India's Department of Atomic Energy has been given clearance to build a multi-million dollar underground facility to study particles called neutrinos.
The environment and forests ministry gave the go-ahead for the observatory to be built in the Bodi West hills on the coast of southern Tamil Nadu state.
The facility costing $270m will be only the fifth of its kind in the world.
Correspondents say it is one of the biggest and most ambitious scientific projects ever undertaken by India.
One of the scientists leading the project says it could help India gain a leading role in the field of particle research.
Neutrinos are elusive, nearly mass-less elementary particles, sometimes called "ghost particles".
'Natural rock cover'
About 90 scientists from 26 organisations will be involved in the Indian Neutrino Observatory (INO), organisers say.
Construction work is expected to begin soon.
The facility will be built in Theni district under the Western Ghats mountains, about 110km (70 miles) south of the temple town of Madurai.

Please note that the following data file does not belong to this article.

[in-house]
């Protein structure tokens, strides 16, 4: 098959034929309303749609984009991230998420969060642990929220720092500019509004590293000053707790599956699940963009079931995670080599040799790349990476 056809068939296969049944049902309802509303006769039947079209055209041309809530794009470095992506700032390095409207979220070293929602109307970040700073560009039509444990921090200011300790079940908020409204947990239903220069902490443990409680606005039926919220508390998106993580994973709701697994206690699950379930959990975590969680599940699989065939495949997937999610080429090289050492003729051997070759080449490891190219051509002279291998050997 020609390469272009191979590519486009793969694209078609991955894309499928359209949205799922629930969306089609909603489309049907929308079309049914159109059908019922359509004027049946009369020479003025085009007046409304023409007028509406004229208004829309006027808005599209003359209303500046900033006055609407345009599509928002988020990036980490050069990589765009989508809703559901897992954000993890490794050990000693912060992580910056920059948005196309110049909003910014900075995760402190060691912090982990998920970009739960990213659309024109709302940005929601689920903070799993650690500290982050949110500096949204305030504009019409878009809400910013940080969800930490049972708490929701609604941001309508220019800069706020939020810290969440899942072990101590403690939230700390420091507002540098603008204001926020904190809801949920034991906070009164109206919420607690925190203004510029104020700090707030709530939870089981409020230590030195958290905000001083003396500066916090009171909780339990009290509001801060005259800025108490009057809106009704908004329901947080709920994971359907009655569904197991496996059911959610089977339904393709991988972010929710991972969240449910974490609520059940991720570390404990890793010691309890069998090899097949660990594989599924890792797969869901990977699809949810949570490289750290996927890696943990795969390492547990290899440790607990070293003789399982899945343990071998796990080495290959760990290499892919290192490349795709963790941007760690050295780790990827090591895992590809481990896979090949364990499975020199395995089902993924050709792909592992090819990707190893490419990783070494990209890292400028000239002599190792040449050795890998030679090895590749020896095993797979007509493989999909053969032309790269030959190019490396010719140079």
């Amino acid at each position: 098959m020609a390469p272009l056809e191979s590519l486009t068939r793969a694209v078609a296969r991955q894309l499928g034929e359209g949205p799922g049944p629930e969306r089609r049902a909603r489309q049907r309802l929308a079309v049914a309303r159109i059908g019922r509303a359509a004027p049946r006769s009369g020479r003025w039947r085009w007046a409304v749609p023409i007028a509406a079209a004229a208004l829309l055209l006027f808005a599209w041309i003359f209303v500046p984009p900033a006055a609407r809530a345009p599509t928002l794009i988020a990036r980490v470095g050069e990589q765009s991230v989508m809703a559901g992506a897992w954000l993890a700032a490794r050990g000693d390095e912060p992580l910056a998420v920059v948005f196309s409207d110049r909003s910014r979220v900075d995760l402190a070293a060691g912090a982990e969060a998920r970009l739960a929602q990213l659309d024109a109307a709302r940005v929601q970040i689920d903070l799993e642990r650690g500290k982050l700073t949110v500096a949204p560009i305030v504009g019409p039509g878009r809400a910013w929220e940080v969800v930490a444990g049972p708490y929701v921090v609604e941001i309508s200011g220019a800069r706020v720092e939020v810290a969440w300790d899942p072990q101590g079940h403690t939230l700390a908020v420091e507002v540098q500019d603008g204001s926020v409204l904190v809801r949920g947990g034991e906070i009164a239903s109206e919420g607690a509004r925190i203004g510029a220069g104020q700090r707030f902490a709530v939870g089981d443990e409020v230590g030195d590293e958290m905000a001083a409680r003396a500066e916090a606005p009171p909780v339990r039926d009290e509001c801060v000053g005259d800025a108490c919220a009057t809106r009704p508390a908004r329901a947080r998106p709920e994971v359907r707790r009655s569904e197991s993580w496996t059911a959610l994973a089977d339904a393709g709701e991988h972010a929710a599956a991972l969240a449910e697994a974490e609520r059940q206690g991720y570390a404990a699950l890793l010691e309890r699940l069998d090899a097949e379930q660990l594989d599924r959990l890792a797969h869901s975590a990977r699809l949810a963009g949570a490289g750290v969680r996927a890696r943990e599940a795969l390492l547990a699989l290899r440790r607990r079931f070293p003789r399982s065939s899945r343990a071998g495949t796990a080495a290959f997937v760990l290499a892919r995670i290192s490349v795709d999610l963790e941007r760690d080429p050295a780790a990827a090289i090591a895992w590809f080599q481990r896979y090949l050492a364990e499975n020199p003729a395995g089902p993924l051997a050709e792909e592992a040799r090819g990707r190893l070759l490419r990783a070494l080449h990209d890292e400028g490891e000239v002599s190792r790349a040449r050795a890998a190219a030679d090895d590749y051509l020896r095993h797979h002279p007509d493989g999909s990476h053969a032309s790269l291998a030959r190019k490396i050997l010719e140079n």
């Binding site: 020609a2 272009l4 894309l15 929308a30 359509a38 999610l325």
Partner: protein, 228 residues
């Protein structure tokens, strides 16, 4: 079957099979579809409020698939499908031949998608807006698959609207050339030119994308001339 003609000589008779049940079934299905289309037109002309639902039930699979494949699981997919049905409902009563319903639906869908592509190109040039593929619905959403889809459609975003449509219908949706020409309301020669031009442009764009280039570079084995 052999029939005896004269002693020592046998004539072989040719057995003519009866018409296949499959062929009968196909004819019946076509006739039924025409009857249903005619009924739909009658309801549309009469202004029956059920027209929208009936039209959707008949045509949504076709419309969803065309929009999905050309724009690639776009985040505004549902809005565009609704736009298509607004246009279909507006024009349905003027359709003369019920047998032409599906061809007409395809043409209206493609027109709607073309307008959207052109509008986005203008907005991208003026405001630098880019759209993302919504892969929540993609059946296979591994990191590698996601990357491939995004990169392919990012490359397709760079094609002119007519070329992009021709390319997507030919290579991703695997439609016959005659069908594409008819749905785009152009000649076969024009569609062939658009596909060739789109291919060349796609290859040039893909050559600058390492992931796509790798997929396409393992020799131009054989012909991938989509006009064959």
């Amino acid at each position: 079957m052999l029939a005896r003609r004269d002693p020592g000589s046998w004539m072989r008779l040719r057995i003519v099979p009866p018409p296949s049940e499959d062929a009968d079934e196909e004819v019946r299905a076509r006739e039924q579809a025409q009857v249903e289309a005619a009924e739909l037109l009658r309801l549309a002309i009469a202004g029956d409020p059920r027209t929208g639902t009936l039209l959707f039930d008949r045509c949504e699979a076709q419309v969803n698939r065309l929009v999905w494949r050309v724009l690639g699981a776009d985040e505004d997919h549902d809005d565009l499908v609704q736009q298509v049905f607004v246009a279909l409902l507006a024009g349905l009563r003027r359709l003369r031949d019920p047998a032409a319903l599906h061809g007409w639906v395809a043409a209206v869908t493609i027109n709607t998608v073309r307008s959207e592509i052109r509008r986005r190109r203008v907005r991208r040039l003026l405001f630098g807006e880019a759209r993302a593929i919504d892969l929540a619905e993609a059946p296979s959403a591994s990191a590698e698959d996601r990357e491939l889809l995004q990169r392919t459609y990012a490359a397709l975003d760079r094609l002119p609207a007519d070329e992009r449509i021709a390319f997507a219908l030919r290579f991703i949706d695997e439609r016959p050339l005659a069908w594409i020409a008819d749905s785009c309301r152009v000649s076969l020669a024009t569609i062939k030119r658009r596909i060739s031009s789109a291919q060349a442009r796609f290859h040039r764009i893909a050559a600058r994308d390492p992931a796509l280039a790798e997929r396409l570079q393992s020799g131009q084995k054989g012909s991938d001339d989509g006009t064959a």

A cavern to house the lab and a 2km-long tunnel will be built under the hills over the next few years. Scientists will use a 50-kiloton electromagnet to carry out experiments.
"Neutrinos are tiny, neutral, elementary particles found abundantly in the cosmos. The Sun and all other stars produce neutrinos abundantly through nuclear fusion and decay processes. Neutrinos rarely interact and pass unhindered through all objects including the Sun and the Earth," says Dr Chinnaraj Joseph Jaikumar, chairman of the INO cell in Madurai.
"We have chosen a place where natural rock cover of over 1,000m thickness is available. The hard rocks will act as a natural filter allowing only the neutrino particles to reach the laboratory."
Dr Jaikumar expects the project to enhance understanding of the universe and the Earth's structure, as well as volcanic activity and how tsunamis are formed.
A site near the southern hill station of Ooty was originally chosen for the project, but did not get clearance after local protests.
Activists near Theni fear locals may suffer restricted access to the area owing to the sensitivity of the project.